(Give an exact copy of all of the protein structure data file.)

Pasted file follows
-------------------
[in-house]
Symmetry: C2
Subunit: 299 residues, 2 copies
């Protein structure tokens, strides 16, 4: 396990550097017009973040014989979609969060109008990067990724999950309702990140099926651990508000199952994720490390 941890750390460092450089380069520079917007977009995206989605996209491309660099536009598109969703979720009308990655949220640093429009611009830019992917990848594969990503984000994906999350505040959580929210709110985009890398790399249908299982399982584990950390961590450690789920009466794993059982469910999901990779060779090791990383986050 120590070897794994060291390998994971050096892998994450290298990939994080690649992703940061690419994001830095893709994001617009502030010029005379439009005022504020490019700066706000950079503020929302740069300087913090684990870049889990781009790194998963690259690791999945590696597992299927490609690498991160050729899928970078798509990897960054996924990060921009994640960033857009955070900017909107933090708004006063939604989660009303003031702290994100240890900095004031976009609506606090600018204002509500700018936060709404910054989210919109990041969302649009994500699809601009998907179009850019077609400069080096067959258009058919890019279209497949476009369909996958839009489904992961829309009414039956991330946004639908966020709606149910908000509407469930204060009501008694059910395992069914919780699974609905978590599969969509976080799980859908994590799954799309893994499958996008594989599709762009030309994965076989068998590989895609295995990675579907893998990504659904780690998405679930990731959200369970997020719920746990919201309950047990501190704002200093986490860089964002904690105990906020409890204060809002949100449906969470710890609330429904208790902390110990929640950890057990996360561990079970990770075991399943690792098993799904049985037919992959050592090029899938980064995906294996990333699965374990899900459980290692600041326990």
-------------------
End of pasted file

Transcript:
[in-house]
Symmetry: C2
Subunit: 299 residues, 2 copies
């Protein structure tokens, strides 16, 4: 396990550097017009973040014989979609969060109008990067990724999950309702990140099926651990508000199952994720490390 941890750390460092450089380069520079917007977009995206989605996209491309660099536009598109969703979720009308990655949220640093429009611009830019992917990848594969990503984000994906999350505040959580929210709110985009890398790399249908299982399982584990950390961590450690789920009466794993059982469910999901990779060779090791990383986050 120590070897794994060291390998994971050096892998994450290298990939994080690649992703940061690419994001830095893709994001617009502030010029005379439009005022504020490019700066706000950079503020929302740069300087913090684990870049889990781009790194998963690259690791999945590696597992299927490609690498991160050729899928970078798509990897960054996924990060921009994640960033857009955070900017909107933090708004006063939604989660009303003031702290994100240890900095004031976009609506606090600018204002509500700018936060709404910054989210919109990041969302649009994500699809601009998907179009850019077609400069080096067959258009058919890019279209497949476009369909996958839009489904992961829309009414039956991330946004639908966020709606149910908000509407469930204060009501008694059910395992069914919780699974609905978590599969969509976080799980859908994590799954799309893994499958996008594989599709762009030309994965076989068998590989895609295995990675579907893998990504659904780690998405679930990731959200369970997020719920746990919201309950047990501190704002200093986490860089964002904690105990906020409890204060809002949100449906969470710890609330429904208790902390110990929640950890057990996360561990079970990770075991399943690792098993799904049985037919992959050592090029899938980064995906294996990333699965374990899900459980290692600041326990």